Tag Fellini

Episode 120 – Laboratory of Imagination

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Virtual Memories Show:
Lorenzo Mattotti – Laboratory of Imagination

“In my work, I always try to arrive at a new level of capacity. To do that, you must be ready spiritually. When I arrive at that level, there is a fear. You have to break your knowledge to arrive at that level.”

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Lorenzo Mattotti is one of my favorite artists (and cartoonists and illustrators), so it was a thrill to sit down to record with him during Toronto Comic Arts Festival! We talked about his newest book, Hansel and Gretel, how a trip to Patagonia led to a new phase of his art, and why he decided to become a cartoonist instead of a painter (while making his rep in fashion illustration). Give it a listen!

“I’m always curious to look back at my early work, because sometimes I’m so depressed and so lost that I need to go back and say, ‘Look at this! You were able to do that! Go on!’ And sometimes I look at my work and think it was another person who did that.”

coloricataWe talk about the interaction between his comics, paintings, and commercial illustration work, the thread of transformation myths in his comics, how he’s learned to improvise after mastering a controlled style, why he prefers working with writers over writing stories by himself, what fashion taught him about technique and glamour, his “poor parents'” reaction to his comics, his need to find new artistic challenges, how he does those amazing New Yorker covers, who he’s reading, and more!

“[Pinocchio] became a laboratory of imagination. I see how I can return to it year after year and make new interpretations of it.”

Enjoy the conversation! Then check out the archives for more great episodes! You might like:

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About our Guest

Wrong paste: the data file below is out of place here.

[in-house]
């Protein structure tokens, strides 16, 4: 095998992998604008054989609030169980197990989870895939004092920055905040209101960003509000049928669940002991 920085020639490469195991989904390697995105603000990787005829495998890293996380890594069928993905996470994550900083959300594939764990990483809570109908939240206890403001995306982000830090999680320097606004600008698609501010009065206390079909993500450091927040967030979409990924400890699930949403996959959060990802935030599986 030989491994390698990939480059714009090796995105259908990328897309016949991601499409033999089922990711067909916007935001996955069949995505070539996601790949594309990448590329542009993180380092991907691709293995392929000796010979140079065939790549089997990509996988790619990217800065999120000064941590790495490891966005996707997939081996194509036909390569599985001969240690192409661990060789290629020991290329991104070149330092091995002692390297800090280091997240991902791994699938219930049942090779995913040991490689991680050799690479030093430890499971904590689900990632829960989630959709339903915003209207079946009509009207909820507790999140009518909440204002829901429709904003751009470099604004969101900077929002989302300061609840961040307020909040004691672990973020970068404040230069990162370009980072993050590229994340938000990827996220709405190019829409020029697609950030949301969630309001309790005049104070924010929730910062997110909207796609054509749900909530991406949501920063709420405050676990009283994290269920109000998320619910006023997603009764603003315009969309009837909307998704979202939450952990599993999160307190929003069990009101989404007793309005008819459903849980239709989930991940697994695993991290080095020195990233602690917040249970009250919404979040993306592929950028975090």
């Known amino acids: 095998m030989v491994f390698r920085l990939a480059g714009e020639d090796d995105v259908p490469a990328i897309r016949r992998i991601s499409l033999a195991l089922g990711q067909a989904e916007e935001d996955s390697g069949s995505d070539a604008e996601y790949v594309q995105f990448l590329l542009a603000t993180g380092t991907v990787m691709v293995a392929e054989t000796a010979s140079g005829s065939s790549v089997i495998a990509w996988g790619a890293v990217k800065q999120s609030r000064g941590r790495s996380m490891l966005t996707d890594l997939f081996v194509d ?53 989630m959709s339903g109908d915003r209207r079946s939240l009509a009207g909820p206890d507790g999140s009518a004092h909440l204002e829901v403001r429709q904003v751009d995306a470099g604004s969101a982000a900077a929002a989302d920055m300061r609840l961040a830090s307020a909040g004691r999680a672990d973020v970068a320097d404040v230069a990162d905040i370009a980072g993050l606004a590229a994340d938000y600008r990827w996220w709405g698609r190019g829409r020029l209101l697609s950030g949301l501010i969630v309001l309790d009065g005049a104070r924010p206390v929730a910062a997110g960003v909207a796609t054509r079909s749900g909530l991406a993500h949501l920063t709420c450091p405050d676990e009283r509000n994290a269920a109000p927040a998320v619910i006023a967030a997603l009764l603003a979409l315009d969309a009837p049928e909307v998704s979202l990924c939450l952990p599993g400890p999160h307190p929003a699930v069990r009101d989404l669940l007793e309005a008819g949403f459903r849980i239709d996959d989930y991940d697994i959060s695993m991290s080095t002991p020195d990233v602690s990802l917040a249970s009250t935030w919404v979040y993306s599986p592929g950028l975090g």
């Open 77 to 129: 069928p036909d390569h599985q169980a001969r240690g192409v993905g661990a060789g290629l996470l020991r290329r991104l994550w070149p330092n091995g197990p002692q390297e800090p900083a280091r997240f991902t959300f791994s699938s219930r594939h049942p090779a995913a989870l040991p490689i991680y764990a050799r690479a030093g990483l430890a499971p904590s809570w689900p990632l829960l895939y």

Lorenzo Mattotti17502664291_0d8121a8c7_z is a highly sought-after illustrator (with frequent appearances in and on The New Yorker) and acclaimed graphic novelist. His books include Fires, Murmur, Works, Pinocchio, Dr. Jekyll & Mr. Hyde, Stigmata, The Raven (with Lou Reed), The Crackle of the Frost, and his newest book, Hansel and Gretel (with Neil Gaiman). In addition to his comics and illustration work, Lorenzo Mattotti is a highly respected multi-disciplinary artist, from reinterpreting reinterpreting the models of the most famous fashion designers for “Vanity” magazine, to designing the title sequences for the film “Eros” by Wong Kar-wai, to directing an animated version of his work in the animation anthology “Fears of the Dark.” He lives in Paris, France with his wife Rina and their two children. His wife owns and runs Galerie Martel.

Credits: This episode’s music is Optical Sound by Human Expression. The conversation was recorded at the Toronto Marriott Bloor Yorkville on a pair of Blue enCORE 200 microphones feeding into a Zoom H5 digital recorder. I recorded the intro and outro on a Blue Yeti USB Microphone. Processing was done in Audacity and Logic Pro. Photo of Mr. Mattotti by me.

What It Is: 6/8/09

What I’m reading: Plutarch’s life of Coriolanus, which makes me wonder how good Shakespeare’s play is. There’s a neat passage in this bio that I’ll transcribe and post a little later, about the role of the gods in human action.

What I’m listening to: Joe Jackson’s Night and Day.

What I’m watching: You Don’t Mess With The Zohan, 8 1/2 and M*A*S*H. Yes, I’m all over the place.

What I’m drinking: Plymouth & Q Tonic.

What Rufus is up to: Getting his leg stitched up last Tuesday, having a great folllowup on Friday, making weekend appearances at our local farmers market and our greyhound hike, and inspiring a Philadelphia-based work-related pal to adopt a greyhound! It’s been a busy week!

Where I’m going: Nowhere. See above.

What I’m happy about: Seeing my first Fellini flick and reveling in the gorgeous compositions and the gorgeouser women.

What I’m sad about: That Amy was away this weekend, visiting her family. I wasn’t sad that she was visiting the family, but my anxiety level over taking care of Rufus solo — especially now that he’s going bandageless and I have to pay that much more attention to make sure he doesn’t try to chew his wounds and break his stitches — left me pretty debilitated by Saturday night. And taking him along to Newark Airport to pick up Amy on Sunday wasn’t exactly a picnic, but I couldn’t really leave him alone for 2 hours, even with a muzzle, BiteNot collar, hip-wader, etc. I’d have spent the entire time worried that I’d be coming home to a dog who’d managed to tear up all the hard work the vets have done. Oy. I know this isn’t as stressful as having responsibility for a kid, but it’s still pretty exhausting.

What I’m worried about: Getting my Top Companies profiles written for the July/August ish.

What I’m pondering: Whether any man his age has hair that rivals that of Bjorn Borg.

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